1. 1.

    Electrophysiological and tracer flux techniques were used to studyregulation of KC1 reabsorption across locust recta. Physiologically high K+levels (100 mmolI−1) on the lumen side stimulated net 36Cl flux and reduced the theoretical energy cost of anion transport under open-circuit conductions.

  2. 2.

    The stimulation of short-circuit current (Ibc i.e. active C absorption) by crude corpora cardiaca extracts (CC) was not dependent on exogenous Ca2+. Stimulations of Ibc were greatly enhanced in the presence of theophylline, indicating that the rate of synthesis of cAMP is increased by CC extracts. High CC levels lowered transepithelial resistance (Rt), suggesting that chloride transport stimulating hormone (CTSH) regulates both active Cl absorption and counter-ion (K+) permeability.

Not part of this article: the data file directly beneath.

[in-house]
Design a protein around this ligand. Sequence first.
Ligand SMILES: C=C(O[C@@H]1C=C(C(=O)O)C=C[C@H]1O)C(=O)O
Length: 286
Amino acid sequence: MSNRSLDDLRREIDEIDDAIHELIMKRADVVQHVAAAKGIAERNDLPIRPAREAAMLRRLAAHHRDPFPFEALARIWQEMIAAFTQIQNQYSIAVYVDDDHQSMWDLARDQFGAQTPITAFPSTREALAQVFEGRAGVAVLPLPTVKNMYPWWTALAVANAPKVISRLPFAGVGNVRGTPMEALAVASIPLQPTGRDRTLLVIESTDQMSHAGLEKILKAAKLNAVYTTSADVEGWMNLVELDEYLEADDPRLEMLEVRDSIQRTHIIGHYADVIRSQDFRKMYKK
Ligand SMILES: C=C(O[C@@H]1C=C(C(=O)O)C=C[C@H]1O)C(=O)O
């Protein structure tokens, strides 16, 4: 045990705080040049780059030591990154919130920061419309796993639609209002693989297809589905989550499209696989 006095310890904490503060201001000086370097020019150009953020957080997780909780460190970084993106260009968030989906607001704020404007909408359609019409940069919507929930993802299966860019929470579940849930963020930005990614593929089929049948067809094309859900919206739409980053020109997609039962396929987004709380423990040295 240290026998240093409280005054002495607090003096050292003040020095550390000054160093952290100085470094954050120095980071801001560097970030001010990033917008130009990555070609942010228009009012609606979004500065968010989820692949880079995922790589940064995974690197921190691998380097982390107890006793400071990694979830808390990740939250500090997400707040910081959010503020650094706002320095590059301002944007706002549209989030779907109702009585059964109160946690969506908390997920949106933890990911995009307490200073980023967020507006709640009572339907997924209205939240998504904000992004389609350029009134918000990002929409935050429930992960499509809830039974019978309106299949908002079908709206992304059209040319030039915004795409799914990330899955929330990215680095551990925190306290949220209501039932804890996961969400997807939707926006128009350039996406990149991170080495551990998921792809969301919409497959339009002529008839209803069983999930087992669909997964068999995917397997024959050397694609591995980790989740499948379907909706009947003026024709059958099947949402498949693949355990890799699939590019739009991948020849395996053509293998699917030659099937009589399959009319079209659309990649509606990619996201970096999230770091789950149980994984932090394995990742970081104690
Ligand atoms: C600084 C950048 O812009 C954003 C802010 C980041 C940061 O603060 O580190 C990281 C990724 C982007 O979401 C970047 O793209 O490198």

3. 3.

    High mucosal osmolarity or K+ concentration decreased Ibc and caused a disproportionately large increase in Rt, consistent with a decrease in theshunt (K+) conductance. Measurements of relative mucosal-to-serosal membrane resistance confirmed that high mucosal K+ levels reduced apical membrane conductance. Lowering mucosal pH to values observed in vivo atthe end of resorptive cycles also inhibited Ibc, apparently without affecting K+ permeability.

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